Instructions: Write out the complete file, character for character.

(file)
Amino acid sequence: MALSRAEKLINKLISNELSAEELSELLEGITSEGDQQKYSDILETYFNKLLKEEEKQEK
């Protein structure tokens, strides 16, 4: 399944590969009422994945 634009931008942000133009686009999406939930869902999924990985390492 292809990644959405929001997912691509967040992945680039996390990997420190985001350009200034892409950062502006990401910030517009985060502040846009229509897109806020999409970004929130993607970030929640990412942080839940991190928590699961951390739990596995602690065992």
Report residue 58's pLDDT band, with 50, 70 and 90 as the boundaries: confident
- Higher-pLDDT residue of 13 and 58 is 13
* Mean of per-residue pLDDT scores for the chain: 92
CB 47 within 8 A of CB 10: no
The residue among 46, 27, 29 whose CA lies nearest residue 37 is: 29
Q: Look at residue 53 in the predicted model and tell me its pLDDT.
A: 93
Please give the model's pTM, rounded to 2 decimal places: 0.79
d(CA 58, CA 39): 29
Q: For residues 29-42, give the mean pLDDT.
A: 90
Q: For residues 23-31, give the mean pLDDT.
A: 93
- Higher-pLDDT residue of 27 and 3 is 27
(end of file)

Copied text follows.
Amino acid sequence: MALSRAEKLINKLISNELSAEELSELLEGITSEGDQQKYSDILETYFNKLLKEEEKQEK
């Protein structure tokens, strides 16, 4: 399944590969009422994945 634009931008942000133009686009999406939930869902999924990985390492 292809990644959405929001997912691509967040992945680039996390990997420190985001350009200034892409950062502006990401910030517009985060502040846009229509897109806020999409970004929130993607970030929640990412942080839940991190928590699961951390739990596995602690065992």
Report residue 58's pLDDT band, with 50, 70 and 90 as the boundaries: confident
- Higher-pLDDT residue of 13 and 58 is 13
* Mean of per-residue pLDDT scores for the chain: 92
CB 47 within 8 A of CB 10: no
The residue among 46, 27, 29 whose CA lies nearest residue 37 is: 29
Q: Look at residue 53 in the predicted model and tell me its pLDDT.
A: 93
Please give the model's pTM, rounded to 2 decimal places: 0.79
d(CA 58, CA 39): 29
Q: For residues 29-42, give the mean pLDDT.
A: 90
Q: For residues 23-31, give the mean pLDDT.
A: 93
- Higher-pLDDT residue of 27 and 3 is 27